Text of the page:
A fresh, crisp, clear morning after last night’s hard rain. All the new water has us intrigued to find and understand the landscape’s potential for potholes. Such depressions in the slickrock, be they a few centimeters or a few feet deep are beneficial. They also minimize how much water we must pick up when we detour to the Colorado River for our hydration needs.
Water is the primary limiting factor of our walk the next few days. We got a tip from our friend, Daybreaker a few days ahead of us (via DNR, than you!), that he didn’t find water in Indian Creek. Which could make for a 48 hour water carry in the days ahead. It’s not today’s problem, but it’s in the back of our minds, so we study the potholes.
Today, we are on the guidebook Hayduke route and it is almost all road walking. But Utah’s road network is more elaborate and at times very rugged; very different than what we think of as roads back home.
And if one must walk a road, may they have views offered like those along the Lockhart Basin road system. These 4WD roads meander along the plateau below Hatch Point and above the Colorado River for 40-some miles. And the road is our route for the better portion of the day. So we make the most of it.
We admire the morning light on Pyramid Butte, familiarize ourselves with the Wingate sandstone, Chinle formation, and the Moenkopi formation that consist of rock layers around us. The Wingate is sheer, tall at close to a 1,000 feet and is shades of red, orange, and black with desert varnish. The Chinle is loose, crumbly, varying in thickness, it gives the slopes a ruble base with a blue-green and purple tinge. (It makes us think of our friend Zmm who we hiked with on the PCT. We wish she was with us to help identify all the colors we see.) The Moenkopi is a deep chocolate brown with macabre figures and candleholders. We imagine the Moenkopi to be all sorts of different creatures and cloaked wizards.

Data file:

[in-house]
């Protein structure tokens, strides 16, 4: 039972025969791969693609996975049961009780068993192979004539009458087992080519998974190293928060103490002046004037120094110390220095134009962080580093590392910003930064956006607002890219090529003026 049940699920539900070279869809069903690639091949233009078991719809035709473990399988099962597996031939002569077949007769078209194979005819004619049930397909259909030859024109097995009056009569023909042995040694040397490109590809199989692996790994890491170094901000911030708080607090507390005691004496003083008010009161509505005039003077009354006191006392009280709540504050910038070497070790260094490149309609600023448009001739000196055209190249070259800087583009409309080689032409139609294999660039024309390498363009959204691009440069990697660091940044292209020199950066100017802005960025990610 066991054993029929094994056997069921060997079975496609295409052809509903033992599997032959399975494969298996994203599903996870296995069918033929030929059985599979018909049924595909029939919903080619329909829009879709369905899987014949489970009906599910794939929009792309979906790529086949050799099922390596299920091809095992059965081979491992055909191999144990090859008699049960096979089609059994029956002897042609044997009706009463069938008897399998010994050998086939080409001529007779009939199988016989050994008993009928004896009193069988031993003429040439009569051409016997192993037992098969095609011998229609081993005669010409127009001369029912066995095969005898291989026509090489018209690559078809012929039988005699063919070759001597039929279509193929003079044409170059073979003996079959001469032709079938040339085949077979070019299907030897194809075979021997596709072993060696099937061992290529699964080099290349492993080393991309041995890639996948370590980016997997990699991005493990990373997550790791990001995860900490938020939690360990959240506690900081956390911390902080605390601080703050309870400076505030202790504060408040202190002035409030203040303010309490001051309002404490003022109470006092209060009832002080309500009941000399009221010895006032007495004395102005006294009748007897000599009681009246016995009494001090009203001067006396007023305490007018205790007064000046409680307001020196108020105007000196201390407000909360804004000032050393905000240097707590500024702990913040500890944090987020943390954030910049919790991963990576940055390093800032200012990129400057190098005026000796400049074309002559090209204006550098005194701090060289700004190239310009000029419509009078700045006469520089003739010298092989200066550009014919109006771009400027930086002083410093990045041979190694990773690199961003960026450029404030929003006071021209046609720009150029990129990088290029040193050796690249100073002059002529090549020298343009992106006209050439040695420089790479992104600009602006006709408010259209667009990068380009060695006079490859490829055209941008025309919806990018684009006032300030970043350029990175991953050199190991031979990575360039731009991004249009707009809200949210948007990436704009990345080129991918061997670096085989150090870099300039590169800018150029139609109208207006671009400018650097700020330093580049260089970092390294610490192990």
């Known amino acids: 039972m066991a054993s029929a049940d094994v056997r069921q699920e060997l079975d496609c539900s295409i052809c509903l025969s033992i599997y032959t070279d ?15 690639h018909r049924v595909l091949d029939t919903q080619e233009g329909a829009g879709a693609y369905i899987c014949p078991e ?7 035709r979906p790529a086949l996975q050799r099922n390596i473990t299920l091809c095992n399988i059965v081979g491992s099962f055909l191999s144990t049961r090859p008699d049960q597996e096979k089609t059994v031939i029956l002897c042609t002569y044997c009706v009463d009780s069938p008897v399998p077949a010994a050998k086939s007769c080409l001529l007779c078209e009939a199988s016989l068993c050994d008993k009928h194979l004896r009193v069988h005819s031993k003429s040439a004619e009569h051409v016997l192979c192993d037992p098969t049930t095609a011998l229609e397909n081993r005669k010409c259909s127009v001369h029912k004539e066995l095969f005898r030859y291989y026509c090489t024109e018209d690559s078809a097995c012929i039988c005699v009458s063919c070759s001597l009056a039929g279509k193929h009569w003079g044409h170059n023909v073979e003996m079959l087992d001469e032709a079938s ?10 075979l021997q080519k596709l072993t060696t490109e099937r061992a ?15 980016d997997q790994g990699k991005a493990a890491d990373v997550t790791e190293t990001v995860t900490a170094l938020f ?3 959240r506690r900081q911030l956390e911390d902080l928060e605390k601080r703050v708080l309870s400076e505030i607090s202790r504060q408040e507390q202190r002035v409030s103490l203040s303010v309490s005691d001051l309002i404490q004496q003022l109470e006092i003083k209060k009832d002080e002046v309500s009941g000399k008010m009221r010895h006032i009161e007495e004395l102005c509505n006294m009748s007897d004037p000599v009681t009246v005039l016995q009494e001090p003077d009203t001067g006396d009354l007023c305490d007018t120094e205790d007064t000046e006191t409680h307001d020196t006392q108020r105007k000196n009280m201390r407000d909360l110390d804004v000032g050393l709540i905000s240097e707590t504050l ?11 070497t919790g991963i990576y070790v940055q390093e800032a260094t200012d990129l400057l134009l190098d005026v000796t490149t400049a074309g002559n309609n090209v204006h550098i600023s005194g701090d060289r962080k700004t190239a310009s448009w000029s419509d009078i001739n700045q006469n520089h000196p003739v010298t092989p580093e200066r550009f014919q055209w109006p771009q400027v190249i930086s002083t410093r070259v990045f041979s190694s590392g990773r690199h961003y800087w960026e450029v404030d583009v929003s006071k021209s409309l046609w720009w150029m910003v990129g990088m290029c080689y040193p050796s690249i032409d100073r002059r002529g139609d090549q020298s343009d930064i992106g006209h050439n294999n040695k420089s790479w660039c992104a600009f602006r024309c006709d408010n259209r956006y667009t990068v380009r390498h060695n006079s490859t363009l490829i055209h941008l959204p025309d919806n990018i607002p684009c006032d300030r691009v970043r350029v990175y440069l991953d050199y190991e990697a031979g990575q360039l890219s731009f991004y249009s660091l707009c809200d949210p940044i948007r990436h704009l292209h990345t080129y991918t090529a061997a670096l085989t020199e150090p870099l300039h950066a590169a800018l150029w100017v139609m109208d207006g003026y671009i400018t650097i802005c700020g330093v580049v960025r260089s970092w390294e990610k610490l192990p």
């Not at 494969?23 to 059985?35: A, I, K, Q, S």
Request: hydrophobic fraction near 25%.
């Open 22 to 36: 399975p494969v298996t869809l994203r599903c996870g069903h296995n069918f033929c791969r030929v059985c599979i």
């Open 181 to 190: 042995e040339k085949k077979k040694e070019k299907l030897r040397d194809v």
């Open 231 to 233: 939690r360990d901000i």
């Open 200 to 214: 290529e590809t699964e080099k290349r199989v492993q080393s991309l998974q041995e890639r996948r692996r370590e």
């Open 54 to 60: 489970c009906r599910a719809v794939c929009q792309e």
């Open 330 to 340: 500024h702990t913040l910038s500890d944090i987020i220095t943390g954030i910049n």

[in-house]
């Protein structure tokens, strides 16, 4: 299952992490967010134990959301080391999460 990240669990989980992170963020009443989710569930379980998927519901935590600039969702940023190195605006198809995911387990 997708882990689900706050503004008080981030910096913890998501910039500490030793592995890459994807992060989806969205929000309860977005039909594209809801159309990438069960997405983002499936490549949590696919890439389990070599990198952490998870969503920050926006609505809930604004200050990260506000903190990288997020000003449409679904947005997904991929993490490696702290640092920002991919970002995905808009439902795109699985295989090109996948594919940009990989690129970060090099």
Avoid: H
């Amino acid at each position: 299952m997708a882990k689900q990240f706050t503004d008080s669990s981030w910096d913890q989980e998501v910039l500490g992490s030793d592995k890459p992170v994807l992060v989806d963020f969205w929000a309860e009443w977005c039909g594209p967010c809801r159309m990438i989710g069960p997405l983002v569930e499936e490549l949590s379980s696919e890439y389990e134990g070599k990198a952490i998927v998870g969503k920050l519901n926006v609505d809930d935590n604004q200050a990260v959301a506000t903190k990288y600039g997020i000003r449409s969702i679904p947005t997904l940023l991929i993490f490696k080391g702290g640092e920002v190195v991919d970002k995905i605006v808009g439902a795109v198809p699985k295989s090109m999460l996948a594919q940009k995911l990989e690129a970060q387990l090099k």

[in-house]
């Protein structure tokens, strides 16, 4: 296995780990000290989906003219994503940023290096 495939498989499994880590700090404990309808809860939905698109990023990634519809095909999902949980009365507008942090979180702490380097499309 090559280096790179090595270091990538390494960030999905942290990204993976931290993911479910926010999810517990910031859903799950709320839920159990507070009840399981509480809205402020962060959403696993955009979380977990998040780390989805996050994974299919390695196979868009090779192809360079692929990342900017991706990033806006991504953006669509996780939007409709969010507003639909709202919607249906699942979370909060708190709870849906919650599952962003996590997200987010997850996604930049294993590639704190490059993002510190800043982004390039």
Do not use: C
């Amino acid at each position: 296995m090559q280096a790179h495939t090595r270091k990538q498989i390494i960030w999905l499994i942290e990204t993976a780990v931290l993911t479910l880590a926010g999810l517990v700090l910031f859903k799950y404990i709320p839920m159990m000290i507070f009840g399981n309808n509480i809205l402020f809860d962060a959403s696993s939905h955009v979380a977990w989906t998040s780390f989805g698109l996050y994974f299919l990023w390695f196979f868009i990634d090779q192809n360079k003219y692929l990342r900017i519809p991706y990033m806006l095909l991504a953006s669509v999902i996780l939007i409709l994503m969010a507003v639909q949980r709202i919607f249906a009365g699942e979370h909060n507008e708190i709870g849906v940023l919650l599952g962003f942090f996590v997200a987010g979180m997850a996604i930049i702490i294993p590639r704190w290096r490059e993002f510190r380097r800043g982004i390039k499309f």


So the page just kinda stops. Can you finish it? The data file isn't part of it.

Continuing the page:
We walk the road, look at the rock, the views, the clouds, and keep walking. The only thing that changes our rhythm this day is collecting water.
First from the tamarisk-thick banks of the Colorado. Later from potholes in the sandstone. Each source requiring different skills. For the Colorado water, we follow the hoof prints and dung of cattle and their well trodden path to the river. (We of course filter our water, then chemically treat it. A Sawyer Squeeze-Aquamiria cocktail.)
The pothole water requires catching the reflective glimmer of water on slickrock. Then carefully skimming the surface of the water so as not to disturb the algae at the bottom of the depression. It takes time to gradually fill our two liter Platypus water containers. But it is the thing to do. Because of some sediment and nearby cow pies, we filter and chemically treat this water too.
Nearing the end of the day, as much as I was enjoying the views, my feet wanted something different. Off trail, uneven, irregular footing to vary the muscles used. Just as this desire really kicked in, we neared the arm of Lockhart Canyon that our route descends. Good bye roads, time to drop into a wash.
Farewell for now Moenkopi rock, time to down and learn some other layers. Lockhart Canyon includes White Rim, the deep red brown of the Organ formation, and edge into the Cedar Mesa sandstone. The slickrock layer that has been just below our feet all day and source formation of the potholes.
Off trail travel down the little tributary canyon of Lockhart stimulates our senses. The walls rising a little higher with every twist. Soon after we bypass a pour off, we find a red sandy spot above the main channel with a nice slickrock slab for a dining room. Home for the night. No rain in the forecast, we set up cowboy camp and admire the moon.
Day 4: 17.2 miles, 62.7 miles total. A wash just west of Hurrah Pass, southeast of Base Camp Adventure Lodge to tributary canyon of Lockhart Canyon near 4352T.
GPS: used once to make sure we were at a pouroff to go around; people sighted: four ATVers; roads: it was all roads! Except the last hour or so.